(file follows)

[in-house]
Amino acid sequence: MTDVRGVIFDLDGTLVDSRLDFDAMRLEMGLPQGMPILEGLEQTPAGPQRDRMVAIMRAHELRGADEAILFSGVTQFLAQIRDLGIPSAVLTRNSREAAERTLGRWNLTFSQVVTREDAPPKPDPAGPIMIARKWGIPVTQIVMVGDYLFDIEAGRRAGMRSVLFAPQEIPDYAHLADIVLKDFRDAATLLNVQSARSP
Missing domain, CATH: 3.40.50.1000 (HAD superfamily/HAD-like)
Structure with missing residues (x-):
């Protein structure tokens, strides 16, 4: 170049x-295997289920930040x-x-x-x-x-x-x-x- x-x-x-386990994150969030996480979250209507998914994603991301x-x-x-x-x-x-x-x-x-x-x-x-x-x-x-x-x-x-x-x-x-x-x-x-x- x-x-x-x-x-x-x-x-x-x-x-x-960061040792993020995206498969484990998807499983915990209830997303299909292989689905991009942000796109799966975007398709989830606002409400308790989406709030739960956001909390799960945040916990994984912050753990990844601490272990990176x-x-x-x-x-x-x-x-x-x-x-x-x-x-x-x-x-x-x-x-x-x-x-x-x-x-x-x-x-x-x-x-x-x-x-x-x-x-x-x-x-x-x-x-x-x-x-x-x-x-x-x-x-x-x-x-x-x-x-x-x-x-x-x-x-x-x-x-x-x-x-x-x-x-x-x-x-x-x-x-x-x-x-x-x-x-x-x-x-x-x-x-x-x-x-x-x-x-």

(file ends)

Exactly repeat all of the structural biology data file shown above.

[in-house]
Amino acid sequence: MTDVRGVIFDLDGTLVDSRLDFDAMRLEMGLPQGMPILEGLEQTPAGPQRDRMVAIMRAHELRGADEAILFSGVTQFLAQIRDLGIPSAVLTRNSREAAERTLGRWNLTFSQVVTREDAPPKPDPAGPIMIARKWGIPVTQIVMVGDYLFDIEAGRRAGMRSVLFAPQEIPDYAHLADIVLKDFRDAATLLNVQSARSP
Missing domain, CATH: 3.40.50.1000 (HAD superfamily/HAD-like)
Structure with missing residues (x-):
């Protein structure tokens, strides 16, 4: 170049x-295997289920930040x-x-x-x-x-x-x-x- x-x-x-386990994150969030996480979250209507998914994603991301x-x-x-x-x-x-x-x-x-x-x-x-x-x-x-x-x-x-x-x-x-x-x-x-x- x-x-x-x-x-x-x-x-x-x-x-x-960061040792993020995206498969484990998807499983915990209830997303299909292989689905991009942000796109799966975007398709989830606002409400308790989406709030739960956001909390799960945040916990994984912050753990990844601490272990990176x-x-x-x-x-x-x-x-x-x-x-x-x-x-x-x-x-x-x-x-x-x-x-x-x-x-x-x-x-x-x-x-x-x-x-x-x-x-x-x-x-x-x-x-x-x-x-x-x-x-x-x-x-x-x-x-x-x-x-x-x-x-x-x-x-x-x-x-x-x-x-x-x-x-x-x-x-x-x-x-x-x-x-x-x-x-x-x-x-x-x-x-x-x-x-x-x-x-």